Plan major activities ahead. Make a spreadsheet or a checklist, even book some ahead of time if you have to or prefer to plan your whole trip in advance.
The more planning you do in advance, the less you will miss on the road. There are times when you will have no choice but to plan months ahead.
Not planning ahead will result in missing something epic. If you don’t typically plan things like this in advance, now is the time to learn some new core skills.
Section 2 Complete: Major Bookings Are Made
You’re almost over the hill and it’s plain sailing from here. The hard work has paid off, now all that’s left is preparing and packing for the adventure that awaits you.
Booking flights, transport, hotels and activities is part of the travel planning experience.
Try to enjoy the process. If you feel overwhelmed at any point, step away for a few hours or days. That is a tried and tested method of successfully planning a trip.
There have been times where we’ve had to walk away from planning for a day or two.
Remember, you can book hotels anywhere at any time, you don’t always have to book your entire trip before you leave.
If there’s one particular leg of your journey where you can’t quite make transport work or there are no cheap hotels available, just go back a few steps and alter your route accordingly.
This is a common travel planning stumbling block.
It can be infuriating to have a route perfected, only for something not to work and find yourself back at the drawing board.
But consider this, would you rather be at home with this problem? Or in a foreign city with no idea where to go next, how to get there or where to sleep that night?
Section 3: Prepare And Pack
You’re on the home stretch. There are just a few important admin tasks to complete before you can finally say you are ready to leave on your trip.
Get stuck into these last few steps as soon as possible, tick the boxes, put your feet up and enjoy a nice cup of Yorkshire tea.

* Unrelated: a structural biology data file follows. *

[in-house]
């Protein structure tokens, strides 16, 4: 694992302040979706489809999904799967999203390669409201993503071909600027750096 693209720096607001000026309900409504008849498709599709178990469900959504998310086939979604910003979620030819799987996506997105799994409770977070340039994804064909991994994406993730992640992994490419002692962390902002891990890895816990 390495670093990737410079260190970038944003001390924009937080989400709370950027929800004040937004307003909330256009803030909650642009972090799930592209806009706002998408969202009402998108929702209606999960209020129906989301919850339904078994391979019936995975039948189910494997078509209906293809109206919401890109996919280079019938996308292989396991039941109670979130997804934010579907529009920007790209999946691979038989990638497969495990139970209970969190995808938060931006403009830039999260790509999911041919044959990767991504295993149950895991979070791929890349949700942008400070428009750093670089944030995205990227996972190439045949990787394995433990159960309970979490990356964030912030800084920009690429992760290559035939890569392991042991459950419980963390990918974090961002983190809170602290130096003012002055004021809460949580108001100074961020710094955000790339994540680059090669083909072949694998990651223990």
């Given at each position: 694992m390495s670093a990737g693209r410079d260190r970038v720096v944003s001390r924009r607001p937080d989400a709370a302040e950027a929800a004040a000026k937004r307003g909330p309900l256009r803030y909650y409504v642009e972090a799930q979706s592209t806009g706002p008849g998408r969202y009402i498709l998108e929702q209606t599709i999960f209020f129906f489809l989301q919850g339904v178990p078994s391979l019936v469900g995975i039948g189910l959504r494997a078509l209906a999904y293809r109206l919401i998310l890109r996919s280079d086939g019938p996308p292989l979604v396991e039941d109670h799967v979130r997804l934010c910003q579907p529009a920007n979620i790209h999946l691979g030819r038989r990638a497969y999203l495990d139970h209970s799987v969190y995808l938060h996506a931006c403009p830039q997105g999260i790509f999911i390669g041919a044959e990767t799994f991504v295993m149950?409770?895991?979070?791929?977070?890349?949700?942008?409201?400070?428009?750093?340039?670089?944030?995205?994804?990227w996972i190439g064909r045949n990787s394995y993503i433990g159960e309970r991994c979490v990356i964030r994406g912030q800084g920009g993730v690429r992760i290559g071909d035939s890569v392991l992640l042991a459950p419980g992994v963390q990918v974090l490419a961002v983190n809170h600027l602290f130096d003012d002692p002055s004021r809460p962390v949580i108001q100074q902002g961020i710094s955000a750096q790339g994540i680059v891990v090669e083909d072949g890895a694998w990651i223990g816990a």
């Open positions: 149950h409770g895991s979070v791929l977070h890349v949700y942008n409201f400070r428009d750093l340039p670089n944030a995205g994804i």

Section 3 of travel planning is about giving yourself the best return on your expenses, travel safety, insuring your property and packing the right gear for your trip.
It would be easy to switch off once you’ve secured your important bookings but you would be shooting yourself in the foot.
Instead, keep the ball rolling into this final section. Use the momentum to make the best choices possible as you complete your travel planning process.
11. Travel Rewards Credit Cards
You might be from a country where paying with debit and credit cards is the norm. Heck, you probably even pay for things with your phone these days.
However, when you travel through certain regions, such as parts of South East Asia, you won’t always be able to pay for goods and services with your cards.
Cash is often king in developing countries or countries with few tourists.
Example: We spent a month traveling North/Central Vietnam and can count on 1 hand the amount of times we paid for anything using a credit card. In order to withdraw cash from ATM’s without incurring a fee, we used our travel rewards credit card.
So, aside from always carrying a handful of US dollars in cash as a safety net, here’s the best money saving advice for any trip you ever take abroad, limit the amount you use your debit card.
If you use your debit account, you can kiss goodbye to your travel budget. The local bank will charge you a fee and your bank at home will charge you a hefty fee. Double whammy. Not fun.
What To Do Before Your Trip
Sign up for a no foreign transaction fee on all withdrawals and purchases travel rewards credit card.